Helldivers 2 is not afraid to kill you often, and that's one of the best things about it

2 months ago 78

Helldivers 2 does an exceptional job at melding high stakes with the act of offering a power trip.

A fireteam of four Helldivers stands victorious in an image that looks quite a lot like World War II propganda. Image credit: VG247/Arrowhead Games

I’ve often been fond of how two seemingly identical games can rely on similar elements, yet produce entirely different feelings. There’s a lot to be said about presentation, in-game resource scarcity, damage models, mechanical complexity and so on, but one thing that tends to tip the scales one way or another is how high the stakes are.

Helldivers 2 is the latest reminder that you can have a bunch of different currencies, several crafting materials, a quasi-loot system, and an always-online requirement - but still manage to create a solid co-op game that isn’t, well, like any of the other mediocre live service games we can’t seem to get rid of.

There’s a lot to like about Helldivers 2. Its commitment to lifting Starship Troopers’ thematic schtick is only one facet of its presentation; its robot faction owes a lot to Terminator, and its armour and weapon designs have their roots in Star Wars, Halo and half-a-dozen other sci-fi staples.

Its gameplay isn’t actually entirely new, either. This is, more or less, the same game as its predecessor, just played from a third-person perspective instead of an overhead one. This isn’t to say making that transition was trivial; I genuinely struggle to name more than a couple of games that managed to retain as much of what made them tick after changing genre or camera perspective.

That change in perspective gives new meaning to the experience the original game has always been tremendously good at delivering. In fact, I’d even say the limited view you get from an over-the-shoulder camera compared to isometric is yet another reason the sequel can be as intense as it is. You simply have a less information at any given moment, which automatically adds more weight to even the most trivial of encounters.

But one thing persisted between the two, and it’s a core component of why the Helldivers formula works: stakes.

Cry havoc. | Image credit: Arrowhead Game Studios, PlayStation

No, this isn’t a survival game, or an extraction shooter where you put everything on the line the moment you enter a match. It’s a standard co-op affair where sessions last 30 minutes or less; dying isn’t the end of the world, you can simply launch a new mission and continue playing. You do, of course, lose XP and whatever samples or collectibles you might have gathered in the mission you failed, which is one element of the formula.

Even without that potential loss on the line, the moment-to-moment of Helldivers 2 is reminiscent of the Left 4 Dead games because it knows how to toy with your emotions well, alternating between moments where you feel overpowered and those that make you wonder how you’d even managed to scrape by.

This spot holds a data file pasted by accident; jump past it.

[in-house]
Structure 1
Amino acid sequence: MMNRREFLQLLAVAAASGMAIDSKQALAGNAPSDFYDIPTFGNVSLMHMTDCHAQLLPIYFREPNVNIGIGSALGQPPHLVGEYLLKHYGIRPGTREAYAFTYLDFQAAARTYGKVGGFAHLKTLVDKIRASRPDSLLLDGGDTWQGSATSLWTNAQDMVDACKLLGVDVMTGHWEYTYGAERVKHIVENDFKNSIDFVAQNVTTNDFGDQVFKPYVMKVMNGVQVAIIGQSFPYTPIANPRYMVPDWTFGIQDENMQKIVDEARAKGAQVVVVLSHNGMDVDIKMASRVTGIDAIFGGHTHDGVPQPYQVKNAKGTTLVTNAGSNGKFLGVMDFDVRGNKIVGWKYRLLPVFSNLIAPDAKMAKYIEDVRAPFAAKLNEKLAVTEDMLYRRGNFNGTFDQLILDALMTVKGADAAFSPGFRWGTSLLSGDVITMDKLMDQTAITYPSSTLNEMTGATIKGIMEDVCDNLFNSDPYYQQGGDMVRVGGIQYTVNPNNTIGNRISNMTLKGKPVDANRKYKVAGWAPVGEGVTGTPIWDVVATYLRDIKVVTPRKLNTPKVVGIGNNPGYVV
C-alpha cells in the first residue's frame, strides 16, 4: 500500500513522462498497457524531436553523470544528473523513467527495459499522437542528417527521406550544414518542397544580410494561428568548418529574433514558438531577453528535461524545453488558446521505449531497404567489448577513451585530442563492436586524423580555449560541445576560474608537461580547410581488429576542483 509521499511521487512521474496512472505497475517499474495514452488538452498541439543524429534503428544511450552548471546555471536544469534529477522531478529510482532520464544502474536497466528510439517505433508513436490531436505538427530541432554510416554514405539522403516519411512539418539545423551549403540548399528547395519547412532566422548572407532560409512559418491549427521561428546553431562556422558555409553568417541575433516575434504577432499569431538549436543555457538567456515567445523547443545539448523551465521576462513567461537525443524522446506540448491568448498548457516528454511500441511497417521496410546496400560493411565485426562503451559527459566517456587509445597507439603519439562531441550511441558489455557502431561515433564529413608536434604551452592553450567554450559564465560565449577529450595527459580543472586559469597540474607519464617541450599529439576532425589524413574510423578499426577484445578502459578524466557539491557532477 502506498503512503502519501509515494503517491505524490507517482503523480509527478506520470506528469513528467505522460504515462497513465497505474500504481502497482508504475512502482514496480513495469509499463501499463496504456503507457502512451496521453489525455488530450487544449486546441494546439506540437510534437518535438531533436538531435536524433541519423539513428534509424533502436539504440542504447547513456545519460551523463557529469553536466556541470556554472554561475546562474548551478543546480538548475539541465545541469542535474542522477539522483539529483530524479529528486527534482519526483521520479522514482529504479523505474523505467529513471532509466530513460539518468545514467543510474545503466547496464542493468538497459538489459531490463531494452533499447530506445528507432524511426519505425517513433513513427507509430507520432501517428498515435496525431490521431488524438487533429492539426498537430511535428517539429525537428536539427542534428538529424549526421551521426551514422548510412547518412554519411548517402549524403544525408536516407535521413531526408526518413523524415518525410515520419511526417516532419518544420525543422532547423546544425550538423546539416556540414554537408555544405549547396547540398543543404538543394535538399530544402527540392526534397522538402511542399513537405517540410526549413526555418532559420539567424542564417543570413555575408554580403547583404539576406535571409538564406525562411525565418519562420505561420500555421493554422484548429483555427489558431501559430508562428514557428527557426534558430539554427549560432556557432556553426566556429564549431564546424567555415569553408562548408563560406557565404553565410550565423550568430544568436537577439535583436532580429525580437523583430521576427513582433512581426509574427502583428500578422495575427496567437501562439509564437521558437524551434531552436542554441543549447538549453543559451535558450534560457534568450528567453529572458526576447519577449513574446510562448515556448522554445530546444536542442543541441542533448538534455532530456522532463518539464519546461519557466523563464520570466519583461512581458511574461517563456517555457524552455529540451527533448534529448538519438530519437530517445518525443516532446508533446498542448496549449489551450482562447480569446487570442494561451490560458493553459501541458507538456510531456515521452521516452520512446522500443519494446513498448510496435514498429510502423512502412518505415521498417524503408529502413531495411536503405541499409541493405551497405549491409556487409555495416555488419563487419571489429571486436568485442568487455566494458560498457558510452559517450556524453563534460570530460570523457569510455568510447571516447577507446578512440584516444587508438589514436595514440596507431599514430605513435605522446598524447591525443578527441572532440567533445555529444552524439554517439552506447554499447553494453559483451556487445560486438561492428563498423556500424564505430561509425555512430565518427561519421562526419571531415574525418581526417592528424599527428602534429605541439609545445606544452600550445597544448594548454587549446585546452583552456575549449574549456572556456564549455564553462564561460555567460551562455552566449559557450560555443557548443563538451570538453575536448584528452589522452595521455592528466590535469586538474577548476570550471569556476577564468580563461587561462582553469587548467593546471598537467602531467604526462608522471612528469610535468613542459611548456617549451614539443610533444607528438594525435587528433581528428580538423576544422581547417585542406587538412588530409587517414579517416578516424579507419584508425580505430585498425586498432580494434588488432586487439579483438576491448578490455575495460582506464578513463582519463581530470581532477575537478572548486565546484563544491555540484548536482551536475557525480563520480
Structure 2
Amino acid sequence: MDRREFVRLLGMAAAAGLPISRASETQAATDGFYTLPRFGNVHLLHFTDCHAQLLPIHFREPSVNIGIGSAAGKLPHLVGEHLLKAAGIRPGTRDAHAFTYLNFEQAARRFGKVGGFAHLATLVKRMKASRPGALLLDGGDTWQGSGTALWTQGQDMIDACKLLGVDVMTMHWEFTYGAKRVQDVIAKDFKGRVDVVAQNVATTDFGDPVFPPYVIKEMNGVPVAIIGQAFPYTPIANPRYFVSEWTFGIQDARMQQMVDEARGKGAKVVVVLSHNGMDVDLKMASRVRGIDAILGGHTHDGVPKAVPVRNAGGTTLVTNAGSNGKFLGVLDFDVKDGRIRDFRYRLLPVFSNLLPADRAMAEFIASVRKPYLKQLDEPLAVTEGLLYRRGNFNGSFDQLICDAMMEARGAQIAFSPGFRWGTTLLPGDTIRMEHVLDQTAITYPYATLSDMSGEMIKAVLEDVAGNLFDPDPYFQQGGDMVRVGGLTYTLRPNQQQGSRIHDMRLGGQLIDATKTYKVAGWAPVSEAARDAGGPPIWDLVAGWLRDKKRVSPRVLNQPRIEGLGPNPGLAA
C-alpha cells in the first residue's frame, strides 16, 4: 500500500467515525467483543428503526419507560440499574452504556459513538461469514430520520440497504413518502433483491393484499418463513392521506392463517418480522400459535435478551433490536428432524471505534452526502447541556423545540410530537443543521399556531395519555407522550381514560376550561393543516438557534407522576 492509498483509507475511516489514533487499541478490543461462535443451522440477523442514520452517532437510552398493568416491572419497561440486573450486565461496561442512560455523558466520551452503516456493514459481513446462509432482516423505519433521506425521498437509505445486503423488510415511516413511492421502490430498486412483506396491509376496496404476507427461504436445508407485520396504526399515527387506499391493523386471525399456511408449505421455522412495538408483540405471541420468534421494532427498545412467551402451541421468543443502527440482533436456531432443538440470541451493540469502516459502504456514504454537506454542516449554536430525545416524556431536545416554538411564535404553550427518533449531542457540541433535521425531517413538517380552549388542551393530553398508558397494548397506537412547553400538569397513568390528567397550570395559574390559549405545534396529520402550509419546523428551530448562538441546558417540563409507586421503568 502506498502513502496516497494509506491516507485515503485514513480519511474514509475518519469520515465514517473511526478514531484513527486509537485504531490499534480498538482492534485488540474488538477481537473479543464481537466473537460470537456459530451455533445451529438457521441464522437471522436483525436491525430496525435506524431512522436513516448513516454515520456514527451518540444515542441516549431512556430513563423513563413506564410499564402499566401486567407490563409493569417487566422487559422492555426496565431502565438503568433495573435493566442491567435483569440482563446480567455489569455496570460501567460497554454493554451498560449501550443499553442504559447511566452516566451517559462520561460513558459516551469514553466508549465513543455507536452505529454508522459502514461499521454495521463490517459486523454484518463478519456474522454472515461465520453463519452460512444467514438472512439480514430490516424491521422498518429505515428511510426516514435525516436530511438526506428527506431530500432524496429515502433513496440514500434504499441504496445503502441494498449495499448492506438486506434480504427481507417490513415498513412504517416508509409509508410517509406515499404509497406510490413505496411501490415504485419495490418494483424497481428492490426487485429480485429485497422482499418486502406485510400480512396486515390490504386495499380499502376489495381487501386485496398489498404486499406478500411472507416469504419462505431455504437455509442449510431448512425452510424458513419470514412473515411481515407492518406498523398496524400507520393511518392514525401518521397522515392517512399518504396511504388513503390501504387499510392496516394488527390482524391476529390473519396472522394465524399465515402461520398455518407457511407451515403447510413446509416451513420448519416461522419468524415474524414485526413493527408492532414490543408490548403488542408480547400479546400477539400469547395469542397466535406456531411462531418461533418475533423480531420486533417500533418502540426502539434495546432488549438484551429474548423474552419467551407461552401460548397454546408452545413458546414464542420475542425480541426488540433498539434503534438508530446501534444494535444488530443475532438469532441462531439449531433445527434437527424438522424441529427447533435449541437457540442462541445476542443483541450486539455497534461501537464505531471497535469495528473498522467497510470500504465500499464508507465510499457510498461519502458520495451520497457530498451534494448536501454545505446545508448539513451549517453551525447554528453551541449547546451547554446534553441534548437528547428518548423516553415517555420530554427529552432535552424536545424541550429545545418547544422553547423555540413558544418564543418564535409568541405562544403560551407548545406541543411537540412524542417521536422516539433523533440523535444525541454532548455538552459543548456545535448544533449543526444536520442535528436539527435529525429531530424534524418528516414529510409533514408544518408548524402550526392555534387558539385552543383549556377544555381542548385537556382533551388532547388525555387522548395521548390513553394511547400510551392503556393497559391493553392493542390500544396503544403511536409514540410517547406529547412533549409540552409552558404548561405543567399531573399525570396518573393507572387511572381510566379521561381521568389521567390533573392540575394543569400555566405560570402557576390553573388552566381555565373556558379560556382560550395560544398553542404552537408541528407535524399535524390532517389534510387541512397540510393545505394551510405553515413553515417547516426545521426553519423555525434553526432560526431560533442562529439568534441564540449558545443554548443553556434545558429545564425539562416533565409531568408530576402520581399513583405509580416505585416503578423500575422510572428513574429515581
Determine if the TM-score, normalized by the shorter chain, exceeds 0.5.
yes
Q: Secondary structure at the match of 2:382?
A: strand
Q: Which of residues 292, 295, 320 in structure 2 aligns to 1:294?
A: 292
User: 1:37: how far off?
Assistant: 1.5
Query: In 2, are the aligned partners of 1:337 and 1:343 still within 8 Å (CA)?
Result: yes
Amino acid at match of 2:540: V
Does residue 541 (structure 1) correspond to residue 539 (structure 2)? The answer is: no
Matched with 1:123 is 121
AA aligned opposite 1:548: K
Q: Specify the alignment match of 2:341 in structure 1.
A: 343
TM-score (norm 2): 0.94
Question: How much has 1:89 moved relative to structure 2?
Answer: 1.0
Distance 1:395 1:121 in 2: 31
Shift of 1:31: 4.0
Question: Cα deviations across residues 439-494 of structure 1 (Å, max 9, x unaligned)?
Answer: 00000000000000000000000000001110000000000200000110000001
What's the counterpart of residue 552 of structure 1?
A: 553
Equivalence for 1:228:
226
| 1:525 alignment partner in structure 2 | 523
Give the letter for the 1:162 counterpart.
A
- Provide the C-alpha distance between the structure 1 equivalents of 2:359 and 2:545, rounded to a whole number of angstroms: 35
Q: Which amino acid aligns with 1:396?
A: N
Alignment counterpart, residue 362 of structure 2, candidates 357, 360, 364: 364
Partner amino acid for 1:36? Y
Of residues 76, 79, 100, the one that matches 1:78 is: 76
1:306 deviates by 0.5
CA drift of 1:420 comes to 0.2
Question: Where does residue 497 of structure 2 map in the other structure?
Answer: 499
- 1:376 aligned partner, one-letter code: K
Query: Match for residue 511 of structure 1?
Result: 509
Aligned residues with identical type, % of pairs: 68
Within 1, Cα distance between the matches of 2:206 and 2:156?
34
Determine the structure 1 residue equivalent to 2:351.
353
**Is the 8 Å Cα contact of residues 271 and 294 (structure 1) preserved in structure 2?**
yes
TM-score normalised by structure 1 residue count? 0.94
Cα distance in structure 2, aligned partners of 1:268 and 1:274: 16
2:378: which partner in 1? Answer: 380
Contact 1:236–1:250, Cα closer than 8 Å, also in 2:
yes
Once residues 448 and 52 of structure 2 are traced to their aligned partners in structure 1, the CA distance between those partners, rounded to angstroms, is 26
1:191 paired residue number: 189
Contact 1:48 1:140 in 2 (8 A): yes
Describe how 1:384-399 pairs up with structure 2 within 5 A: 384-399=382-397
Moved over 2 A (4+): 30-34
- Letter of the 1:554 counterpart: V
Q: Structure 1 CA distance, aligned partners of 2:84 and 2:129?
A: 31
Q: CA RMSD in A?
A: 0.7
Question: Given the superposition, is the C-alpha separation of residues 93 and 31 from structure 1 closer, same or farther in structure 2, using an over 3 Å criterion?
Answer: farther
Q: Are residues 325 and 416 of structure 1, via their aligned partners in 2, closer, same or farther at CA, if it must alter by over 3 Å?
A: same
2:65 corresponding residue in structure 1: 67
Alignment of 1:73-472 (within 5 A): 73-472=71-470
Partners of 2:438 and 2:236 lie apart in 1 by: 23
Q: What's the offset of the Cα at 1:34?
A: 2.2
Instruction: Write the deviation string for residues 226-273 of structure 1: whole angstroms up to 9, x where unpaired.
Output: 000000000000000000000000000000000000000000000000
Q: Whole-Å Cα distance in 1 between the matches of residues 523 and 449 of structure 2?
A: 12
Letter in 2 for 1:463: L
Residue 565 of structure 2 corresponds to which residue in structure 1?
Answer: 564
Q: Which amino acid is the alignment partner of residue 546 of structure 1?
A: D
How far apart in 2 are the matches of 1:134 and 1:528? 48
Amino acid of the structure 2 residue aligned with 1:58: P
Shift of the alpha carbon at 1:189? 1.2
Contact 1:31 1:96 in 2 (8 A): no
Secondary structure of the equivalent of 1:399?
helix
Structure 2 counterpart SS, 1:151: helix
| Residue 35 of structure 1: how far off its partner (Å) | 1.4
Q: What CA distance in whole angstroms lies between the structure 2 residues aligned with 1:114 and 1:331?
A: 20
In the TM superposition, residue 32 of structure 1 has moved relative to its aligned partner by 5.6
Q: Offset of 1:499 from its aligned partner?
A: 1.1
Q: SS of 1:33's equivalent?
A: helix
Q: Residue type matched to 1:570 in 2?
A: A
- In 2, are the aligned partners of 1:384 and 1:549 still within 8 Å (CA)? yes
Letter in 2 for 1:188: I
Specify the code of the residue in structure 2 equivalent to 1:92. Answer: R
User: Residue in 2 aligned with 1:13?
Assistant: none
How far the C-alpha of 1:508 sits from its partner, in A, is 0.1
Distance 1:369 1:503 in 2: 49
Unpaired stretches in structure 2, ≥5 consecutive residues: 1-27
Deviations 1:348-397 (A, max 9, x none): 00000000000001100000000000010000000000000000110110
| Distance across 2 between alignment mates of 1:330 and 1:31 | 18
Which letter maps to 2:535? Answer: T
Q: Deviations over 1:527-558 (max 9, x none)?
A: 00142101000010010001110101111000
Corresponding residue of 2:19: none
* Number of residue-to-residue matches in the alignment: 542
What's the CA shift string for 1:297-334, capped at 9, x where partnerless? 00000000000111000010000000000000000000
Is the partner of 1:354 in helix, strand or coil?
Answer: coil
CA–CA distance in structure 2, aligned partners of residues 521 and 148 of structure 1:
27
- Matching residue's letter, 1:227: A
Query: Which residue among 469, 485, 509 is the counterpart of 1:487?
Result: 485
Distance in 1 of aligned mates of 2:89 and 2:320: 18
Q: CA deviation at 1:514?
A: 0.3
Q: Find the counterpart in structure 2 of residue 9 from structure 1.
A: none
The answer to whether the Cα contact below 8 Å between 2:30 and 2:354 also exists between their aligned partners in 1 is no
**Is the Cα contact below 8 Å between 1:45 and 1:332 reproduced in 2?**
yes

Into the woods. | Image credit: Arrowhead Game Studios, PlayStation

One of Helldivers 2’s most clever tricks is its reliance on analogue interactions. In most games, starting a zone defence sequence, summoning a boss or setting up some sort of scripted encounter only really requires you to walk up to a button and press it; the game does the rest. In Helldivers, that same event is made all the more meaningful because the game requires you to input a sequence of buttons, ensuring that you have the utmost agency in making that decision.

You don’t feel like you’re turning on a fake radar tower in a video game; you feel like you’re in control of a crucial moment in an ever-changing battle. Theres’ an undeniable sense of responsibility that echoes throughout your time with in the game. That same ethos also informs the game’s many Stratagems - essentially killstreak-like support call-ins. Be they airstrikes, bombardments, orbital lasers, or stationary turrets that take some of the heat off you - they’re crucial to your survival.

To call any of them in, you also need to input the precise sequence. Fail and you’d have to start again, which isn’t always possible/advisable, especially if you’re doing it as chaos unfolds around you and you have to split your focus between surviving relentless enemy attacks, and pressing the right buttons.

Even if you never really worked for those devastating strikes (they’re only on a cooldown), you feel like you’ve earned them. There’s a sense of accomplishment that hits you everytime you trigger one of those oversized explosions, doubly so if you they deal the damage you want them to.

Everything can kill you. Just like real life. | Image credit: Arrowhead Game Studios, PlayStation

Going back to the lessons Helldivers 2 learns from Left 4 Dead, the biggest is clearly how the game cultivates a feeling of distrust in players. Developer Arrowhead Games has confirmed an AI Director-like element, working behind the scenes to control and manipulate the experience.

If things are going well, I’m worried they’re too well. If I can’t seem to catch my breath between encounters, I’m driven to wonder if I screwed something up with my setup, or if I’d taken the wrong approach to an encounter. When you throw the element of co-op into the mix, and allow players to fail themselves and others, you get something that’s akin to team sport, only with a lot of virtual killing.

If there’s one thing I hope other developers take away from the success of Helldivers 2 is that you should let players fail; allow the game to feel dangerous; be comfortable with killing players often. Okay, those were three things, but you get the idea. Good multiplayer games need an edge, but not enough of them dare to go there.

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